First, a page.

How energy companies can hedge against the weather.
Jay Lindgren, Ph.D., is R. W. Beck’s lead quantitative analyst in the Denver office for the Energy Risk Management Group.
Traditionally, most utilities have not marketed, sold, or traded weather risk. The weather market is a vehicle by which efficient weather risk mitigation can be achieved. Different players in the market may value the weather risk differently than the utility that holds the risk, which gives rise to a successful trading situation.
Furthermore, there are natural longs and shorts in the weather market. Consider a cattle rancher as an example. Cattle are warm-blooded animals. During the winter, the cattle use a considerable amount of energy to keep their body temperature at a constant level. The colder the winter, the more energy must be used, and the more feed (and thus more cost to the rancher) they must be given to maintain the same weight. Likewise, during a warm winter, less feed is needed, and the rancher receives a windfall.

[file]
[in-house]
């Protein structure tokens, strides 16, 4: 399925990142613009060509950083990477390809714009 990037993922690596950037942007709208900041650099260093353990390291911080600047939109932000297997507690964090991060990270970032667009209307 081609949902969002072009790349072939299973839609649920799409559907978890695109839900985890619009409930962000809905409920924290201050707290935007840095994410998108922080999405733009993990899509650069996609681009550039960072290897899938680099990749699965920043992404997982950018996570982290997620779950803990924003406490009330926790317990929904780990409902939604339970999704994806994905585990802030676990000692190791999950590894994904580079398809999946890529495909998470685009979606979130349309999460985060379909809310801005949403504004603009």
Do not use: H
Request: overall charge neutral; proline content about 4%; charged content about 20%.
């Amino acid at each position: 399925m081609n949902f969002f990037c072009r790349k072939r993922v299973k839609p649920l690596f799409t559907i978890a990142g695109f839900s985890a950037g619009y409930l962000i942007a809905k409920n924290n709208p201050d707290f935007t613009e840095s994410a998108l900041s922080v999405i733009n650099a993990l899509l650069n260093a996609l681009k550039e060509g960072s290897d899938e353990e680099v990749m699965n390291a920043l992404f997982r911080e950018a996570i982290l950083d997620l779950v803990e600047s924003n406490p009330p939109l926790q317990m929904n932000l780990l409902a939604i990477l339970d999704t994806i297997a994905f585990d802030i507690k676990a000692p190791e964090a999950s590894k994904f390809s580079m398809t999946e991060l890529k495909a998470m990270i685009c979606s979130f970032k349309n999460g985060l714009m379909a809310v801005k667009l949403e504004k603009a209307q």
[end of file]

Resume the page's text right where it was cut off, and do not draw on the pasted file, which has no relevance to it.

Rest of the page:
The opposite of that might be a natural gas distribution company. Assume that the company gets paid solely on the amount of gas it distributes and has no exposure to the price of natural gas. During a cold winter, the distribution company benefits from a windfall as it gets to move more natural gas than expected. During a warm winter, the distribution company feels pain because it will move less gas and revenues drop.
The cattle rancher and the distribution company have opposite exposures. The rancher feels good in warm winters and the distribution company hurts, and vice versa. This leads to a natural trade between the companies.
Furthermore, by approaching a financial intermediary or the weather market where the cattle rancher and the distribution utility can offset its risks, it allows them both to have the financial outcomes of an expected weather year. This is a win-win situation because both parties have reduced their risk.